Many have said we should not seek to “punish” anyone, as all of Wall Street was in a delirium of profit-making and almost no one foresaw the sub-prime crisis caused by the dramatic decline in housing values.  But this is not about retribution.  This is about addressing the continuum of behavior that took place — some of it fraudulent and illegal — and in the process addressing what Wall Street and the legal and regulatory system underlying its behavior have become.

As part of that effort, we must ensure that the legal system tackles financial crimes with the same gravity as other crimes.

The nagging suspicion that those nefarious activities at Lehman Brothers could be taking place “at other banks as well” became a key point in Senator Kaufman’s speech:

Mr. President, I’m concerned that the revelations about Lehman Brothers are just the tip of the iceberg.  We have no reason to believe that the conduct detailed last week is somehow isolated or unique.  Indeed, this sort of behavior is hardly novel.  Enron engaged in similar deceit with some of its assets.  And while we don’t have the benefit of an examiner’s report for other firms with a business model like Lehman’s, law enforcement authorities should be well on their way in conducting investigations of whether others used similar “accounting gimmicks” to hide dangerous risk from investors and the public.

Within a few months after that speech by Senator Kaufman, a weak financial reform bill was enacted to appease (or more importantly:  deceive) the outraged taxpayers.  Despite that legislative sham, polling results documented the increased public skepticism about the government’s ability or willingness to do right by the American public.

On October 20, Sam Gustin interviewed economist Joseph Stiglitz for the DailyFinance website.  Their discussion focused on the recent legislative attempt to address the causes of the financial crisis.  Professor Stiglitz emphasized the legal system’s inability to control that type of  sleazy behavior:

The corporations have the right to give campaign contributions.  So basically we have a system in which the corporate executives, the CEOs, are trying to make sure the legal system works not for the companies, not for the shareholders, not for the bondholders – but for themselves.

So it’s like theft, if you want to think about it that way.  These corporations are basically now working now for the CEOs and the executives and not for any of the other stakeholders in the corporation, let alone for our broader society.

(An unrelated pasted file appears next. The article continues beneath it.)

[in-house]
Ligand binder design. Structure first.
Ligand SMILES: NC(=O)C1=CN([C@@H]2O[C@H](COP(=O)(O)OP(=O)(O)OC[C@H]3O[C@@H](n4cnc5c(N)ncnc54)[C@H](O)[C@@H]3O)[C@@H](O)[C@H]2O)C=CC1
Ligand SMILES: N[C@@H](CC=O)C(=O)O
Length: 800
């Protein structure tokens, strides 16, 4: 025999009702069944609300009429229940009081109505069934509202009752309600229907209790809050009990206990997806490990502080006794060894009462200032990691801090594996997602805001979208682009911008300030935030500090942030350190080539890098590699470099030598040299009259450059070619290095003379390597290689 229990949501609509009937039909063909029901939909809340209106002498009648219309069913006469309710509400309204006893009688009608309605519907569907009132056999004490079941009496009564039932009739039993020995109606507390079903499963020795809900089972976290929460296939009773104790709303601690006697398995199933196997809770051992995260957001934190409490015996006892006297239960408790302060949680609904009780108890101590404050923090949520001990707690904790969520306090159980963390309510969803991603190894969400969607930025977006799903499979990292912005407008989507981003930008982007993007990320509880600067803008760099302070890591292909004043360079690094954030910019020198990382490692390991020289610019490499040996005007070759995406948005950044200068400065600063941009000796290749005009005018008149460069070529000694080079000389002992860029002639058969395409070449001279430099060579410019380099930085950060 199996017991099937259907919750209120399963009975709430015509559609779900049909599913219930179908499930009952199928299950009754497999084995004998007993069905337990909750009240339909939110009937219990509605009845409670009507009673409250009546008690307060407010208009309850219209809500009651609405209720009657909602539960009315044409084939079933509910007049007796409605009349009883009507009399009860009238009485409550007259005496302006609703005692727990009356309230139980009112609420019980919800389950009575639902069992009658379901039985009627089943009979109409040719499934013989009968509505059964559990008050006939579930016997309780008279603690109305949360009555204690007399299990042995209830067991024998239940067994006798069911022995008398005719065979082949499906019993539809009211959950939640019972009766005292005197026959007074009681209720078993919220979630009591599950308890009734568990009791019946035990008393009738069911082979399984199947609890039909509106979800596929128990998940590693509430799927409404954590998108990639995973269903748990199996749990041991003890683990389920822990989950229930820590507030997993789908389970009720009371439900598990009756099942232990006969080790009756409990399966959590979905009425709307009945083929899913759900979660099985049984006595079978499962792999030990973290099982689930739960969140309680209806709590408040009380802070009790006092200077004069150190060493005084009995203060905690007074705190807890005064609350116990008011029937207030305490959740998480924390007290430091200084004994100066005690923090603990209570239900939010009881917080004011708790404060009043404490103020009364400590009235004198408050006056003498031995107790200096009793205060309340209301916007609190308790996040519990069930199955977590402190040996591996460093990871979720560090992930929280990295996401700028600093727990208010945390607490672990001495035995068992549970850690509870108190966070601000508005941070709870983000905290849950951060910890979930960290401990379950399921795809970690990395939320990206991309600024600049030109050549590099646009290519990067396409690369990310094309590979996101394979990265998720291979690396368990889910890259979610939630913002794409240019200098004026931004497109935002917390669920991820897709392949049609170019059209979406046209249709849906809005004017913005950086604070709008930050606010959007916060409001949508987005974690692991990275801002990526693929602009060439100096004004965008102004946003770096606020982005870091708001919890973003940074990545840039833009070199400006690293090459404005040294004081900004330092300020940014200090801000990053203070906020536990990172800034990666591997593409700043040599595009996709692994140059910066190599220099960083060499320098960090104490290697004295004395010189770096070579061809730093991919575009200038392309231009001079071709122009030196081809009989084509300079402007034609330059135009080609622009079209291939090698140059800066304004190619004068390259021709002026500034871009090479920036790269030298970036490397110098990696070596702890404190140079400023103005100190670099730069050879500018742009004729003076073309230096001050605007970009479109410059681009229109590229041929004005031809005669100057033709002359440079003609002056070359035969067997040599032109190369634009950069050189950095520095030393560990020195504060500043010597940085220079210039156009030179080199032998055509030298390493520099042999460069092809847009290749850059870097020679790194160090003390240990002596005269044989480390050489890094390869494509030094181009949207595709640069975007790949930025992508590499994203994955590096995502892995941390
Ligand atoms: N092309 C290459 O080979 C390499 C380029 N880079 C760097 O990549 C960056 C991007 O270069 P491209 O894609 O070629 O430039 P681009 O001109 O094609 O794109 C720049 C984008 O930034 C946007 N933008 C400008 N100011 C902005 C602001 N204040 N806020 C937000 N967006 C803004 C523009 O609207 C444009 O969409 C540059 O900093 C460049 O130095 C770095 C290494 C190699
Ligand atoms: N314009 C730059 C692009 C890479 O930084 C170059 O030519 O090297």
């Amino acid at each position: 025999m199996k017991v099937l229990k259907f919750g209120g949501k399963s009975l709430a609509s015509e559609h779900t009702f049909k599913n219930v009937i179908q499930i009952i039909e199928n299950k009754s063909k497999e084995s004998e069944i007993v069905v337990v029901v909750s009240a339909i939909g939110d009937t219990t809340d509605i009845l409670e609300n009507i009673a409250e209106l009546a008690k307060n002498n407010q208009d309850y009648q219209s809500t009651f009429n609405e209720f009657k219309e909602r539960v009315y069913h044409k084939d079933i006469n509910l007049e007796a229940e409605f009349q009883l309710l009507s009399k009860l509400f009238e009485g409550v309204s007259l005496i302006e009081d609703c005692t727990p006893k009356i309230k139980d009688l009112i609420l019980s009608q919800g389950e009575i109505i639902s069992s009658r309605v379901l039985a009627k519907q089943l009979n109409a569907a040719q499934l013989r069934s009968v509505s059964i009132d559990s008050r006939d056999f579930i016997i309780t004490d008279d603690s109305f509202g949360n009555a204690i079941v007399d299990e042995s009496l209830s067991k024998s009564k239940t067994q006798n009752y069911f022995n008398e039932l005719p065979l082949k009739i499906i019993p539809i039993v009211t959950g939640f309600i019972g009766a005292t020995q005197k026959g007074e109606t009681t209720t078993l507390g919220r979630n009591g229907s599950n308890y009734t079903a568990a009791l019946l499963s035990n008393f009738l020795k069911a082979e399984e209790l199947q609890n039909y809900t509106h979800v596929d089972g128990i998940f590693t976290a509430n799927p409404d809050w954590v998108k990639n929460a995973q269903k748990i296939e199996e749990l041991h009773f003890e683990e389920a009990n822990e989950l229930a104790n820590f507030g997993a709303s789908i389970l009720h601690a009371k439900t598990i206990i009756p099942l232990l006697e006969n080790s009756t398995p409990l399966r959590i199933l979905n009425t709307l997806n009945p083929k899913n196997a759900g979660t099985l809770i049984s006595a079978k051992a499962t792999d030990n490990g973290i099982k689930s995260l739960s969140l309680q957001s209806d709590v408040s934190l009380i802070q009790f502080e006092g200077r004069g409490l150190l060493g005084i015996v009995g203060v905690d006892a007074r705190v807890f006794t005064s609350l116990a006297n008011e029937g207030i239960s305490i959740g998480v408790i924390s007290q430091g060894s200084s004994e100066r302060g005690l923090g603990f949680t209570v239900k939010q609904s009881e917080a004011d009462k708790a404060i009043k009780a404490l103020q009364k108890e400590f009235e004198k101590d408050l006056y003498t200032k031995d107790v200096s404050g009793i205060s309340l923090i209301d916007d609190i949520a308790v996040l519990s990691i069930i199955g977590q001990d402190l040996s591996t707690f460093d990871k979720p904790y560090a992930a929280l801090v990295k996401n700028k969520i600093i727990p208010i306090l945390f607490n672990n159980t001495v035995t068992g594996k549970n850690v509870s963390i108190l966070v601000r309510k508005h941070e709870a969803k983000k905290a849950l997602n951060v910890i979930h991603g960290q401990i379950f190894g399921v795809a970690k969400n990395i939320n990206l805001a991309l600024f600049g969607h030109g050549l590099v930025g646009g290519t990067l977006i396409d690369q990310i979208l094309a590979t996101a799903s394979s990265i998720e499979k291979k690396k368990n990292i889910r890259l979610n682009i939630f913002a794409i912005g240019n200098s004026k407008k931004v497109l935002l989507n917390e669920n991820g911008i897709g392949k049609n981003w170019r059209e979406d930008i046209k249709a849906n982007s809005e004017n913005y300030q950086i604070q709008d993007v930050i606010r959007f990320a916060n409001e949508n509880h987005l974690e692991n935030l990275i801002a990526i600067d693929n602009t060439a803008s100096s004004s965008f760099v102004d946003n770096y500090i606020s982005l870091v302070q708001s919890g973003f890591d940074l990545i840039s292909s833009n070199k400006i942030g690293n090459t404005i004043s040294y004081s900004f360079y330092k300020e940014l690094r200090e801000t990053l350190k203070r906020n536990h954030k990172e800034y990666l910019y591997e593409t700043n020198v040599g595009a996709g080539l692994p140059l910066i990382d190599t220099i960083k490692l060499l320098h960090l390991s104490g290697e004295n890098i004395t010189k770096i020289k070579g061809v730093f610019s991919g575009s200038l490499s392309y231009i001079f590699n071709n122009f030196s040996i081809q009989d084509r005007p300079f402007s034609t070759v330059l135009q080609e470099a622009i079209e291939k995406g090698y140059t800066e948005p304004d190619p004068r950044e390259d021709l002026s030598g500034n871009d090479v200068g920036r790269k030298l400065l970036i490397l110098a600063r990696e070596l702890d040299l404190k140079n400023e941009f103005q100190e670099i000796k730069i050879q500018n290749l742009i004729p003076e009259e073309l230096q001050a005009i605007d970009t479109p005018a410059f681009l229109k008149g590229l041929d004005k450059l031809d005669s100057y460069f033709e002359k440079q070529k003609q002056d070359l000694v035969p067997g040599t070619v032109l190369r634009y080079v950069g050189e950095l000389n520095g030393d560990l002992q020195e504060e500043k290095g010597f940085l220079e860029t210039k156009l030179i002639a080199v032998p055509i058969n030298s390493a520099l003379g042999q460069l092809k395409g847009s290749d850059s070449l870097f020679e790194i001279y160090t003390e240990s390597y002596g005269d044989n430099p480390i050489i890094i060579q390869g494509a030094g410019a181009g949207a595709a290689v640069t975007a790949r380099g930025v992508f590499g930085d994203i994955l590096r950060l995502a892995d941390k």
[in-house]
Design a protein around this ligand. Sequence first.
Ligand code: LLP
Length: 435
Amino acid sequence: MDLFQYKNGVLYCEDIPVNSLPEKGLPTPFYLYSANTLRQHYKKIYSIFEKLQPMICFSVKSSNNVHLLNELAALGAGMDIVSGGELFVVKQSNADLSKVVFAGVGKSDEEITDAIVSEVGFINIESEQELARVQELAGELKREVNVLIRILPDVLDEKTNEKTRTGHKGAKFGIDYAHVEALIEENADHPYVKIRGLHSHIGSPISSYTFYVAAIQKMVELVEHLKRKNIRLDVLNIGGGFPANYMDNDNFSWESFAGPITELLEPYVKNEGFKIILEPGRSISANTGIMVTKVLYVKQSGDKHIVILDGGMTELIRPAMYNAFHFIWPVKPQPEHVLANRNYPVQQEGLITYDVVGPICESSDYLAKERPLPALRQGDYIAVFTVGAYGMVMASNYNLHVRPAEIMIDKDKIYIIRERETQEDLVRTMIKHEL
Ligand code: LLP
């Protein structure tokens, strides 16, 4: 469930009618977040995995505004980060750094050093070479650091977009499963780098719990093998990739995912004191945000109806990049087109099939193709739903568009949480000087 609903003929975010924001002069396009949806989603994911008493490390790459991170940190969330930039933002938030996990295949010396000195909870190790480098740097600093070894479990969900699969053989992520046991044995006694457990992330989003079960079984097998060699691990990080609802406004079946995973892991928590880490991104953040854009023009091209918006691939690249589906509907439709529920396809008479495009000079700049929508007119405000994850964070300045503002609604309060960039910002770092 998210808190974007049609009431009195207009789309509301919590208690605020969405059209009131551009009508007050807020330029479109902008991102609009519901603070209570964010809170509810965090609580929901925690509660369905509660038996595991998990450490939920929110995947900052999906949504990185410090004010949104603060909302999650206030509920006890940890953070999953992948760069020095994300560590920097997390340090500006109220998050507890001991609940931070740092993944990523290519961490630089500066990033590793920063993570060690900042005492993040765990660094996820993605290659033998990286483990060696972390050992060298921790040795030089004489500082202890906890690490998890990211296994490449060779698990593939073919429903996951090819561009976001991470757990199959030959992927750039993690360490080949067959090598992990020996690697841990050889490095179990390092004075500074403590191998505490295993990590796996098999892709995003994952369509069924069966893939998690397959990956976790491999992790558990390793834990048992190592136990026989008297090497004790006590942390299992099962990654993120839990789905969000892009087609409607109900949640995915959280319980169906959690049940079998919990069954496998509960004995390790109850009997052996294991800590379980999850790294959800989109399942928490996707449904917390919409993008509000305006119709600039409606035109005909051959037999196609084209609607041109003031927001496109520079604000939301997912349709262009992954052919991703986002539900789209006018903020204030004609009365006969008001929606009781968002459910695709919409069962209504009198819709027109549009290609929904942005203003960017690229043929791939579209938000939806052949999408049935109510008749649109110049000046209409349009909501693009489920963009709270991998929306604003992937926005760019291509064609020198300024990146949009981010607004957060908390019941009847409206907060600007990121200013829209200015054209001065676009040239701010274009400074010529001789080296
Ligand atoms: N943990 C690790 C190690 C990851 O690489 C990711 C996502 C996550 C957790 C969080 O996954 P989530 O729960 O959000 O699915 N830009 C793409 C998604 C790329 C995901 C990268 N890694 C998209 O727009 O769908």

You look at who won with the excessive risk-taking and shortsighted behavior of the banks.  It wasn’t the shareholder or the bondholders.  It certainly wasn’t American taxpayers.  It wasn’t American workers.  It wasn’t American homeowners.  It was the CEOs, the executives.

*   *   *

Economists focus on the whole notion of incentives.  People have an incentive sometimes to behave badly, because they can make more money if they can cheat.  If our economic system is going to work then we have to make sure that what they gain when they cheat is offset by a system of penalties.

And that’s why, for instance, in our antitrust law, we often don’t catch people when they behave badly, but when we do we say there are treble damages. You pay three times the amount of the damage that you do.  That’s a strong deterrent.

For now, there are no such deterrents for those CEOs who nearly collapsed the American economy and destroyed 15 million jobs.  Robert Scheer recently provided us with an update about what life is now like for Sandy Weill, the former CEO of Citigroup.  Scheer’s essay – entitled “The Man Who Shattered Our Economy” revealed that Weill just purchased a vineyard estate in Sonoma, California for a record $31 million.  That number should serve as a guidepost when considering the proposition expressed by Professor Stiglitz:

If our economic system is going to work then we have to make sure that what they gain when they cheat is offset by a system of penalties.

What are the chances of that happening?


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Listening To Smart People

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As the mid-term election cycle reaches its climax, we find ourselves exposed to an increasing amount of stupid pronouncements by desperate politicians, overworked commentators and plain-old idiots, who managed to attract the interest of television news personnel.  I was particularly amused by the recent outburst from Juan Williams about the fact that he gets nervous when he sees people in “Muslim garb” boarding a plane in which he is a passenger.  NPR saw fit to fire him for making a remark described as “inconsistent with our editorial standards and practices”.  Despite the widespread hand-wringing over the “bigoted” nature of the statement, I was more focused on its stupidity.  Does Juan Williams seriously believe that terrorists would board a plane dressed in Muslim garb?  I would assume that all terrorists learn in Jihad 101 that the traditional garb for airborne martyrdom is the Adidas warm-up suit.  Wearing “Muslim garb” for such an occasion would serve only as an offer to be waterboarded.